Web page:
Here are several treatments that may help to make your primary headache go away (headaches not symptomatic of an injury or underlying medical condition) without taking analgesic and nonsteroidal anti-inflammatory drugs (NSAIDs):
Of course, you deserve them, but treatments that pamper your mind and body also may go a long way toward relieving the stress and tension that contributes to your headaches. Here are a few potential ways to alleviate your headaches:
You can inhale or apply essential oils—such as lavender, peppermint and basil—directly to your skin. Although natural, don’t underestimate the potency of essential oils. If you are pregnant or have other medical conditions, talk to your doctor before using essential oils treatments. And always dilute essential oils in a carrier oil before applying them to your skin.
A hot shower—as warm as you can stand it WITHOUT burning yourself—may help loosen tight muscles in your neck and back and improve blood flow.
Ice Packs and Cold Compresses
While the hot shower relaxes muscle tension, cold packs help relieve inflammation and reduce headache pain.
Find a dark, quiet room and just relax—away from the lights and sounds that can trigger a headache and extend its duration. It’s a time-tested method to reduce and eliminate headaches.
If you’ve indulged a bit too much, sneaked a few of your trigger foods, or just grabbed a meal on the go, it’s time to improve your diet and eating habits.
Ease Stress All Over
Stress reduction is a recurring theme in headache prevention and relieving pain. These methods focus on the mind-body connection:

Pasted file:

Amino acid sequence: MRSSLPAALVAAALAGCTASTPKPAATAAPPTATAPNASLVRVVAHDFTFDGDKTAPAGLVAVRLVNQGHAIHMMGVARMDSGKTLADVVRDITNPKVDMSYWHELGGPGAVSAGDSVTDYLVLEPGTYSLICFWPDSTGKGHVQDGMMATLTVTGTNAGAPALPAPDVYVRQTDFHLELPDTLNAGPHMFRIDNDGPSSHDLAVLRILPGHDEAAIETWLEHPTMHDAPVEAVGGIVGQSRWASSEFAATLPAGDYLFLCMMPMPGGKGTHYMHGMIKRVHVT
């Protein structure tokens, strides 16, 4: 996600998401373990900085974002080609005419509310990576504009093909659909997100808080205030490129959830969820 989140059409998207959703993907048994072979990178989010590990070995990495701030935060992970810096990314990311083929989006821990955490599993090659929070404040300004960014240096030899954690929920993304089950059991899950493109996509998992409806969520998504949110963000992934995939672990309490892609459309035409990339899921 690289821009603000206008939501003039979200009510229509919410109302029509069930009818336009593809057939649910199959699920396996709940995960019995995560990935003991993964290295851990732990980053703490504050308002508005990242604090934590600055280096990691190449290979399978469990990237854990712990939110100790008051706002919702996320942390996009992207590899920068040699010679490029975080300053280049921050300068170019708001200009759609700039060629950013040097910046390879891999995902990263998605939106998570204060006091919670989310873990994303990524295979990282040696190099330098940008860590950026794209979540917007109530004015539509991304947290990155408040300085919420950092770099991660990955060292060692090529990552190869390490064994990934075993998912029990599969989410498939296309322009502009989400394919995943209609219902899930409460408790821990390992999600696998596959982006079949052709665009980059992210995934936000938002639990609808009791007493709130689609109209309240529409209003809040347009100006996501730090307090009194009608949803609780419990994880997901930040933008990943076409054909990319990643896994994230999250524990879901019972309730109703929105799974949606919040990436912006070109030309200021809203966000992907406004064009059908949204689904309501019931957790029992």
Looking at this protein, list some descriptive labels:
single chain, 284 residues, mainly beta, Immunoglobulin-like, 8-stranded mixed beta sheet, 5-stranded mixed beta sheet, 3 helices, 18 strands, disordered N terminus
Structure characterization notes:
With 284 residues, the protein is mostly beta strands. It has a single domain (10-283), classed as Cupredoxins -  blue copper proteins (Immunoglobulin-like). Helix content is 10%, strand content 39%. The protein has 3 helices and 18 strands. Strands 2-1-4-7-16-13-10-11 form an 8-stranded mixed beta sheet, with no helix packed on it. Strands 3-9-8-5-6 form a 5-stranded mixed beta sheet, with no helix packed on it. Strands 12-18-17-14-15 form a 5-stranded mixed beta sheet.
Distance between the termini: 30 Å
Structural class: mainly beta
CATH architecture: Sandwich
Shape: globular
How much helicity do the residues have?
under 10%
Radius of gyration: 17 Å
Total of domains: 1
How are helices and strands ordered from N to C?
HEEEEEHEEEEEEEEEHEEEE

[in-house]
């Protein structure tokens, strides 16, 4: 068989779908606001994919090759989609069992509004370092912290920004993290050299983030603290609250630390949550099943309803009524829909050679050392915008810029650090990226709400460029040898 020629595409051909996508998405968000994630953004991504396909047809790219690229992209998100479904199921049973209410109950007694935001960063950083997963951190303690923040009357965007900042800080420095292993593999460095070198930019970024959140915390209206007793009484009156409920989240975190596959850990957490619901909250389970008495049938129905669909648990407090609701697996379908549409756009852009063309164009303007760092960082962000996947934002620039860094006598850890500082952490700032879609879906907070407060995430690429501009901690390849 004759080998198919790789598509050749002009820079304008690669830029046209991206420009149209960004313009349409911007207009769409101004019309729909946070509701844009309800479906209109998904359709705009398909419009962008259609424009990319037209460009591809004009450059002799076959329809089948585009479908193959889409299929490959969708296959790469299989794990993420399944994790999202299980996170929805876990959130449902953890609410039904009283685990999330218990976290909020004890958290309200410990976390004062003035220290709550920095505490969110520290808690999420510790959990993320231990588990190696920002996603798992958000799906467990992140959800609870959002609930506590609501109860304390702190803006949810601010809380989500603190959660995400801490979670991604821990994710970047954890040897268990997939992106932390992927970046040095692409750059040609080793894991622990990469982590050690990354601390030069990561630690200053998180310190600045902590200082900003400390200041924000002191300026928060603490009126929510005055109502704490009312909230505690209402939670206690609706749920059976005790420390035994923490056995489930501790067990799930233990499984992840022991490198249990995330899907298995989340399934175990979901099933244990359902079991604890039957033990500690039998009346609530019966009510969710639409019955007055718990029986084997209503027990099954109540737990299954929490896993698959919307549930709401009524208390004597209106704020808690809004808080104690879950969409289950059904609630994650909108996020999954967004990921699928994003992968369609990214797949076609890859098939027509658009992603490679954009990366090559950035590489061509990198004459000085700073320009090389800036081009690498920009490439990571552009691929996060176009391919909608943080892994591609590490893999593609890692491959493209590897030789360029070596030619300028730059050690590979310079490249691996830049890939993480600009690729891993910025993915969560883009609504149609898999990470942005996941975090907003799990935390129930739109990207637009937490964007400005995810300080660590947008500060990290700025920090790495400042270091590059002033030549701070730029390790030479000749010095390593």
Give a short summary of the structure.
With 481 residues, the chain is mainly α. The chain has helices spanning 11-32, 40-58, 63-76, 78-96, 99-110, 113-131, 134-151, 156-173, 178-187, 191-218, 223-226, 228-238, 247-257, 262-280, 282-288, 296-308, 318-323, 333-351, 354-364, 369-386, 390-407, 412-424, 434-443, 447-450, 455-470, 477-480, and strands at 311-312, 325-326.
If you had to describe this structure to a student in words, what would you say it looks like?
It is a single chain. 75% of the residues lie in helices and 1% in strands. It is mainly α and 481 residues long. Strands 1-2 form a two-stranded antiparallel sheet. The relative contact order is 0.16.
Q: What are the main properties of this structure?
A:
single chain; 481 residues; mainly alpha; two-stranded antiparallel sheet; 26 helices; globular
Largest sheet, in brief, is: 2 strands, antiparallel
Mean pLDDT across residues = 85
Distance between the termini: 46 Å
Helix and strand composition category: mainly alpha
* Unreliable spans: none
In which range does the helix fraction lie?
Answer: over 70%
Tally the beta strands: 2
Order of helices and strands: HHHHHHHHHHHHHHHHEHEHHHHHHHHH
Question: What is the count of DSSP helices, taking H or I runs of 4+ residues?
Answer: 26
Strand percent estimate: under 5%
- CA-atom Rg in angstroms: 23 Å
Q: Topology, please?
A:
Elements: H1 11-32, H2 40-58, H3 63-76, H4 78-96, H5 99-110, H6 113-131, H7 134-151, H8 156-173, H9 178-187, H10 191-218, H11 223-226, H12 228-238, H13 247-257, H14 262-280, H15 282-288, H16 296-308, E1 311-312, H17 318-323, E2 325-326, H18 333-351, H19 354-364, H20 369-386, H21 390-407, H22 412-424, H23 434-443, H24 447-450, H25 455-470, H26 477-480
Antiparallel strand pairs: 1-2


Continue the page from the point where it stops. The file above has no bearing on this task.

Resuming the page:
While deep body massage helps reduce stress levels, for some people a facial massage can actually tackle headache pain head on.
Studies suggest yoga relaxes stress and may even reduce the frequency of headaches.1
Acupressure and Acupuncture
While acupressure may help relieve tension and associated headache pain, studies find that acupuncture is an effective headache preventative for some patients.2
A Swedish study in 2011 shows that cardio workouts (such as cycling, swimming, jogging and dancing) three times a week for 40 minutes are promising ways that reduce the frequency of headaches.3
Hydrate Your Brain
While physical activity and hot weather can increase the likelihood of dehydration, this remains a common cause of headaches in all climates and altitudes. In addition to headaches, dehydration can lead to dizziness, vomiting, fainting and, under the worst circumstances, death. To avoid dehydration, drink enough fluids so that:
- You’re never thirsty
- Your urine remains clear or light yellow
- You compensate for the diuretic properties of coffee and alcohol
When you get a dehydration headache, get out of the sun and heat. Then, slowly drink up to 32 ounces of water or fluids with electrolytes. In the most severe cases, you may need emergency care, including intravenous fluids.
Note: Secondary headaches are symptomatic of injury or medical disorder and are potentially dangerous, possibly life threatening. Contact your doctor immediately if anything about your headache seems unusual. Secondary headache symptoms may include:
- Dizziness or vertigo
- Nausea and vomiting
- Intense, rapid onset, described as a thunderclap headache
- Blurry vision
Cleary, there are many ways to find relief from headaches. Stress reduction, exercise and a little pampering can go a long way. Experiment with treatments to discover what works for you. Remember, however, to check with your doctor first before trying anything new.
2 Linde K, Allais G, Brinkhaus B, Manheimer E, Vickers A, White AR. “Acupuncture for migraine prophylaxis.” http://www.ncbi.nlm.nih.gov/pubmed/19160193. Accessed April 4, 2016.
3 Varkey E, Cider A, Carlsson J, Linde M. “Exercise as migraine prophylaxis: a randomized study using relaxation and topiramate as controls.” Cephalalgia, http://www.ncbi.nlm.nih.gov/pmc/articles/PMC3236524/. Accessed April 4, 2016.